Book review: “Black Enough”

Photo of the

Courtesy of Harper Collins Publishers

Photo of the "Black Enough" book cover from the Harper Collins website.

As I scroll through the “for you” page on TikTok or the “explore page” on Instagram, I notice that the same typical person always shows up on my feed– a white male or female. As a black girl, I’ve always felt misrepresented by the media. It made me feel as if being a black woman “wasn’t good enough.” I was running into the same problem as I searched for a book for English class at Lincoln High School’s library. All I wanted was to find a novel that I could connect and relate to on a personal level. One of Lincoln’s librarians, Ms. Lieberman, introduced me to a novel “Black Enough,” that not only I could connect to, but a book that I think thousands of young black teens around America could also connect with. 

 

“Black Enough” includes 17 captivating stories written by 17 different authors, and edited by Ibi Zoboi, New York Times bestselling author of novels “My Life as an Ice Cream Sandwich,” “Pride” and “American Street.” The stories in “Black Enough” represent the diversity of the black community in the United States, including stories on the struggle to fit in, finding yourself, young love, heartbreak, wealth and immigration.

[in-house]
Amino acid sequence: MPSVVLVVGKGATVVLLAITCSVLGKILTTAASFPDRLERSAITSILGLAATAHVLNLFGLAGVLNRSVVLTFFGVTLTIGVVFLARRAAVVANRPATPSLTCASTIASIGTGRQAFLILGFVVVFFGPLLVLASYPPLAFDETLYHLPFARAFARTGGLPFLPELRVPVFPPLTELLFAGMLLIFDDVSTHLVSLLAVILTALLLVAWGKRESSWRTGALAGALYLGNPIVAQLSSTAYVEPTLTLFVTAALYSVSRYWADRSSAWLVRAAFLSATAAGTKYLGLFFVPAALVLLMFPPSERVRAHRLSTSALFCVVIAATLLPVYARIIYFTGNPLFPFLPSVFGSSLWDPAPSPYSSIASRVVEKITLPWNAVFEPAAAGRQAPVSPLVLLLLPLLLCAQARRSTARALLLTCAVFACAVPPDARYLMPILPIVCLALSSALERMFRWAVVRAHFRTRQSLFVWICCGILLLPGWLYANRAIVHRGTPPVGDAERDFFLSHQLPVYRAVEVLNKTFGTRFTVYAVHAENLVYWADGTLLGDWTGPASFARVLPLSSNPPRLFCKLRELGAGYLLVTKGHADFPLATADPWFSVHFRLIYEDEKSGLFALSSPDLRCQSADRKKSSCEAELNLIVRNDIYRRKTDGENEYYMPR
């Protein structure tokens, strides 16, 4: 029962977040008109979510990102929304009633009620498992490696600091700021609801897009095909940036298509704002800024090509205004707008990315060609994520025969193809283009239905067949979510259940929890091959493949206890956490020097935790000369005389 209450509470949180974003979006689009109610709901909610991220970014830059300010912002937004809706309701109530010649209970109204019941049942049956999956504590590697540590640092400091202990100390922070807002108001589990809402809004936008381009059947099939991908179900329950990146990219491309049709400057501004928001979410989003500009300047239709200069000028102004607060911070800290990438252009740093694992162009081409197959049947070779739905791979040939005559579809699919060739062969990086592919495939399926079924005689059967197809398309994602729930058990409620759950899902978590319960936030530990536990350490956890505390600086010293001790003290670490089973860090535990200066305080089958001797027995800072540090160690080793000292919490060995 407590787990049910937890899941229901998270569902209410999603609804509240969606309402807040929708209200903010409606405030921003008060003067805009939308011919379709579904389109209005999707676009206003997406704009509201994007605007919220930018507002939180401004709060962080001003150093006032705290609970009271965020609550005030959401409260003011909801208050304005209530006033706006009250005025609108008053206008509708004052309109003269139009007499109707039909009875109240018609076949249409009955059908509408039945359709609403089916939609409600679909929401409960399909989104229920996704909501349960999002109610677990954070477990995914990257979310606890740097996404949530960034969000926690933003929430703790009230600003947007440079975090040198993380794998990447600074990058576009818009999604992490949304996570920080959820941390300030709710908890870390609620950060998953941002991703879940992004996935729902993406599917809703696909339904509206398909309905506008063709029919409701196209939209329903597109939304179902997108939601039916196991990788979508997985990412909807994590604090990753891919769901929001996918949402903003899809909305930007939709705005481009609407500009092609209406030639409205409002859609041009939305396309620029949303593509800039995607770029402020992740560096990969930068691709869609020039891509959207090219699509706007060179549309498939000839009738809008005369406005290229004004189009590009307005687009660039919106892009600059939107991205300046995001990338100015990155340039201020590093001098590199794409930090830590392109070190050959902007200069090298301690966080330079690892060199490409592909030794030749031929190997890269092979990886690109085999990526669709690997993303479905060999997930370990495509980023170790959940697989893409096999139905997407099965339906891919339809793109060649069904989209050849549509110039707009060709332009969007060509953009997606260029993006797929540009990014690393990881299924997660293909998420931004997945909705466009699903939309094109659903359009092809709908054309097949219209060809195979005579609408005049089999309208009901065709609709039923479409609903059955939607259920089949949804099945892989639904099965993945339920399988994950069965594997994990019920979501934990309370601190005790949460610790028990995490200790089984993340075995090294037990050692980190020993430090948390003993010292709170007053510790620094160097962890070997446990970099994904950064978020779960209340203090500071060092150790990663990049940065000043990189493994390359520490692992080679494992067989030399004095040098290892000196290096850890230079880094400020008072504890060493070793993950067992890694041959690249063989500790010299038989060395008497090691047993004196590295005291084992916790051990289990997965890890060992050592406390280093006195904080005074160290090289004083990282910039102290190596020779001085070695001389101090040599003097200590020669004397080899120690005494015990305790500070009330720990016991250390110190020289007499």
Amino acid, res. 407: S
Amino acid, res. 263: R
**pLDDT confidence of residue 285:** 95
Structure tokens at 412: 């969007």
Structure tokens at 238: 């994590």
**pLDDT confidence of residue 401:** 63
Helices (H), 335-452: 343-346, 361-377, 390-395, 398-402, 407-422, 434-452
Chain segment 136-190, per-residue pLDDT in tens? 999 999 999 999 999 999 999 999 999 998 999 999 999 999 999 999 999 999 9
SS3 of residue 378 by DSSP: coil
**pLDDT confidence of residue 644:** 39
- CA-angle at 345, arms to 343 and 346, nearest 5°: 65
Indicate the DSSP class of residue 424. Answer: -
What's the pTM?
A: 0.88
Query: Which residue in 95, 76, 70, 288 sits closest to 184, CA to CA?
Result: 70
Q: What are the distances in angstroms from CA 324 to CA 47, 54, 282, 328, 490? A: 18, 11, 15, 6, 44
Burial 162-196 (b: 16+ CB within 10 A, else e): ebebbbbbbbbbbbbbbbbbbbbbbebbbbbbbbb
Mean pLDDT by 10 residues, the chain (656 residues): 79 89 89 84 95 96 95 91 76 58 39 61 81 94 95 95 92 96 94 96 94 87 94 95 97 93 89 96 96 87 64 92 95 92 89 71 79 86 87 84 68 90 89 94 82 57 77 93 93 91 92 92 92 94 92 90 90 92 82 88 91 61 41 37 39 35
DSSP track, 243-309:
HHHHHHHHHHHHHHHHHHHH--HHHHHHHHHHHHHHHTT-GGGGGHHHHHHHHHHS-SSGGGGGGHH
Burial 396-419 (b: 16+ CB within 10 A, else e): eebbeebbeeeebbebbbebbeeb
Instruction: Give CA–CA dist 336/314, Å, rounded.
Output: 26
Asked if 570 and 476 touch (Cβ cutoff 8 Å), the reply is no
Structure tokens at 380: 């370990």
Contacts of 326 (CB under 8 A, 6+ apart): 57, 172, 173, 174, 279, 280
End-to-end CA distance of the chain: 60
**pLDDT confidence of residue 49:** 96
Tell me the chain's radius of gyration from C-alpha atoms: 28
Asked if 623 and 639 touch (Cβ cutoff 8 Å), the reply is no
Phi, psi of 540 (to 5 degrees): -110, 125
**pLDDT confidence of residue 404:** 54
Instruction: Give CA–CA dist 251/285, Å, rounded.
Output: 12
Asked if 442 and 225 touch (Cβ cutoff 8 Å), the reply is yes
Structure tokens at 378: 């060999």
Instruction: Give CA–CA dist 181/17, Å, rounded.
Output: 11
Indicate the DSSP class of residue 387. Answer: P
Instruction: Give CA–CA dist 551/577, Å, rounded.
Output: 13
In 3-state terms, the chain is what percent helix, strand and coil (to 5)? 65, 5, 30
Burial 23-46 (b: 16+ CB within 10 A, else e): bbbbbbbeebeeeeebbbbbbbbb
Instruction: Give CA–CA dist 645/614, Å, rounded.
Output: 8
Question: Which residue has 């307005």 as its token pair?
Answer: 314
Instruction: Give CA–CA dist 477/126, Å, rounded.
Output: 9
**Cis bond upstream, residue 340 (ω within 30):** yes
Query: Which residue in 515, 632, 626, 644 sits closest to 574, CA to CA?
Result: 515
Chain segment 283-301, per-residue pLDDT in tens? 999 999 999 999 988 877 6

Renée Watson’s “Half A Moon” tells the story of sisters struggling with their relationship at an overnight camp in Portland, Oregon. Jay Coles’s “Wild Horses, Wild Hearts” is a romantic piece involving the unexpected relationship between two cowboys in the south whose families hate each other. Brandy Colbert’s “Oreo” tells the story of Joni, a black girl who has always grown up around whites. Joni’s always been used to others thinking she’s “not black enough,” but ever since her cousin called her an oreo, she felt like she couldn’t even fit in with her family. 

 

As a young black girl who’s grown up in Portland, a city with a small black population, I immediately felt a strong connection to Joni’s story. Ever since first grade I’ve always been the only or one of the only black girls in my class. It’s something I got used to quickly, but I never got used to not feeling black enough. “Black Enough” and Colbert’s short story helped me realize that every black person is enough. 

 

I know that there are so many other black men, women and members of the LGBTQ+ community who feel or have felt just like I did. That is why “Black Enough” is so important and should reach a wider audience. With more than a dozen short stories about being young and black in America, “Black Enough” will make other young black people feel represented by showcasing the beauty and uniqueness of the different members of the black community.